Most dogs would rather skip bath time, but bathing plays an important role in the health of your dog’s coat and skin, helping to keep your dog clean and free of dirt and parasites. And of course, there’s the added benefit of making your pooch more pleasant to be around.
How often should I bathe my dog?
While dogs don’t require daily scrub downs like we do, they do need regular baths — but just how regular depends on several factors, such as the dog’s environment and type of coat.
Here are some general guidelines:
- Bathing once a month works for most dogs.
- Dogs with an oily coat, like Basset Hounds, may need bathing as frequently as once a week.
- Many short-haired breeds with smooth coats, such as Beagles and Weimaraners, do just fine with less frequent baths. Short-coated Basenjis are fastidious in their personal hygiene and rarely need a bath.
- Breeds with water-repellent coats, such as Golden Retrievers and Great Pyrenees, should be bathed less often so as to preserve their natural oils.
- Dogs with thick, double coats — such as Samoyeds, Malamutes, and other Northern breeds — do best with fewer baths and a lot of extra brushing (which gets rid of loose, dead hair and helps distribute natural oils that keep your dog’s skin and coat healthy).
Of course, if your dog likes to go swimming, is obsessed with mud puddles, or lives in the country and does a lot of rolling in who-knows-what, then you may want to bathe more frequently than if that same dog lived in a condo in the ‘burbs.
That said, avoid bathing more often than truly necessary, or you’ll strip your dog’s coat of its natural oils, making it dry and more prone to dandruff, frizzies, and mats. Some shampoos may dry or irritate the dog’s skin more than others, in which case you should bathe less often or try a different shampoo.
Basically, the best way to gauge when your dog needs a bath is to give her a good sniff. How does she smell to you? Not so good? Start running the water.
Where to wash your dog
Owners of small dogs have an advantage: they can just plop the dog in a sink or laundry tub. But if you can’t fit your dog in a sink, use the bathtub, or get in the shower with her and use a detachable nozzle. A portable doggie tub is also an option. While some tubs are made of heavy plastic, others are collapsible and can easily be used outside or in the laundry room or mudroom. Some grooming or pet supply stores rent out dog tubs and towels.
Using a garden hose is okay if the dog’s truly filthy or the weather’s good, but make it an occasional experience. Dogs don’t like being cold any more than we do, and they definitely don’t like having a hose shot at them.
How to wash your dog
Once you’re prepared to take on the task (with or without your dog’s cooperation), here’s what to do:
- Brush your dog before a bath. Matted hair holds water, leaving your dog with irritated skin. (If you can’t brush or cut the mats out yourself, take your dog to a professional groomer.) Put a cotton ball in each ear to keep water out; it helps prevent ear infections and irritation.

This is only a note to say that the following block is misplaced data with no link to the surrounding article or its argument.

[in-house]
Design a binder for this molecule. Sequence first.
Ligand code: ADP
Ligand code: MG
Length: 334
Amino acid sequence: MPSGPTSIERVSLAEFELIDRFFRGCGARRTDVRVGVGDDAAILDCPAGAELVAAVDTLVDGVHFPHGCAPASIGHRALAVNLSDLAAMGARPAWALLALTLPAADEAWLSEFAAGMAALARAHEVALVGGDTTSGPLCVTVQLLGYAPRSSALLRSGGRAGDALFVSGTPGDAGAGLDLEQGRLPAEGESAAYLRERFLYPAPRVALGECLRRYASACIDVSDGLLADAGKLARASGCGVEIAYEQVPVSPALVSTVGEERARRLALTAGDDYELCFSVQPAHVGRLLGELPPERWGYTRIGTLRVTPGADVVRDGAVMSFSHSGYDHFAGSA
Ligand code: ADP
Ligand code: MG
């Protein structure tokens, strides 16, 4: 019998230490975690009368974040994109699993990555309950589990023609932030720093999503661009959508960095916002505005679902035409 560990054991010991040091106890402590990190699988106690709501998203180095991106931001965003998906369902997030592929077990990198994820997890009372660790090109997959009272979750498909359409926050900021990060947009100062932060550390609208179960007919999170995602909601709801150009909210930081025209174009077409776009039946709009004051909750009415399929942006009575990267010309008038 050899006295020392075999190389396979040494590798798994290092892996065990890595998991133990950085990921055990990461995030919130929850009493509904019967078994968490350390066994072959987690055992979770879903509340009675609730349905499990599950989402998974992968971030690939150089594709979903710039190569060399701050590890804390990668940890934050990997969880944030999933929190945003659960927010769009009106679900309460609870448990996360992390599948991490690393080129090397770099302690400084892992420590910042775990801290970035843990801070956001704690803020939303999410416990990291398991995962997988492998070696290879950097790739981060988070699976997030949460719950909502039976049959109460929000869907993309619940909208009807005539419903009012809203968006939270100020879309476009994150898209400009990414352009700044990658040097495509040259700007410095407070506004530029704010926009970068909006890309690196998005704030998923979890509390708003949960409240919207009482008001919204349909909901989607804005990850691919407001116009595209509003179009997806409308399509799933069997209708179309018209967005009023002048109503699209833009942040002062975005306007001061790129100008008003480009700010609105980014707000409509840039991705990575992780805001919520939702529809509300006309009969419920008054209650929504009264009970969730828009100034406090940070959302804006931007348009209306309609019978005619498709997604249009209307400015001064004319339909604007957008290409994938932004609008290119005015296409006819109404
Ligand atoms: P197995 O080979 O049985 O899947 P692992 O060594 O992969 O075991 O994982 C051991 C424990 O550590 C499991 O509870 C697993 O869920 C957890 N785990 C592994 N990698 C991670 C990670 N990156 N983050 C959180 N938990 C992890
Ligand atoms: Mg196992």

- Use lukewarm water. Dog skin is different from ours, and hot water can burn dogs more easily. Bath water should never be hotter than what you’d run for a human baby. Keep it even cooler for large-breed dogs, who can easily overheat.
- Talk to your pet in a calm and reassuring voice. Some dogs will eventually learn that you’re not torturing them, although others will continue to hide under the kitchen table whenever you get out a towel.
- Use dog shampoo. It’s less drying to their skin than people shampoo. Work the shampoo into a gentle lather and massage it all over your dog’s body, being careful not to get soap in her eyes.
- Rinse well. Any soap left in her fur can irritate your dog’s skin once she’s dry. Rinse, rinse, and repeat the rinse.
- Air-dry. Hot air from a human blow-dryer is too hot for their skin. Either air-dry or use a blow-dryer designed for dogs; its lower temperatures won’t cause itching or dandruff.
- Reward your dog. Follow up with abundant praise, petting, or play. Many a damp dog loves to vent her frustration over bath time by playing exuberant tug-of-war with the bath towel — or just running away with it–when it’s all over.
When to go with the pros
If the idea of wrestling your dog into a bath tub and expecting her to quietly tolerate being lathered and rinsed makes you laugh hysterically, then do what many opt for: take your dog to someone who makes bathing dogs their business. Groomers will not only bathe your dog but they’ll clip her nails, express anal sacs (upon request), trim near the eyes, and dry her off. Most are priced reasonably.
Professional dog groomers are a must for certain breeds, such as Poodles, Yorkies, Maltese, Springers, and others with hair that grows long. Unlike fur, hair doesn’t shed, and it will keep growing until it gets cut — just like yours.
Even if your dog has fur instead of hair, groomers are helpful if your dog deeply hates baths. They’ve got lots of tried-and-true techniques for making even the most bath-averse canine behave.
Bottom line: Bathing helps keep your dog’s skin and coat clean, healthy, and free of parasites. Some dogs need more frequent baths than others, depending on their coat and how quickly they get grimy.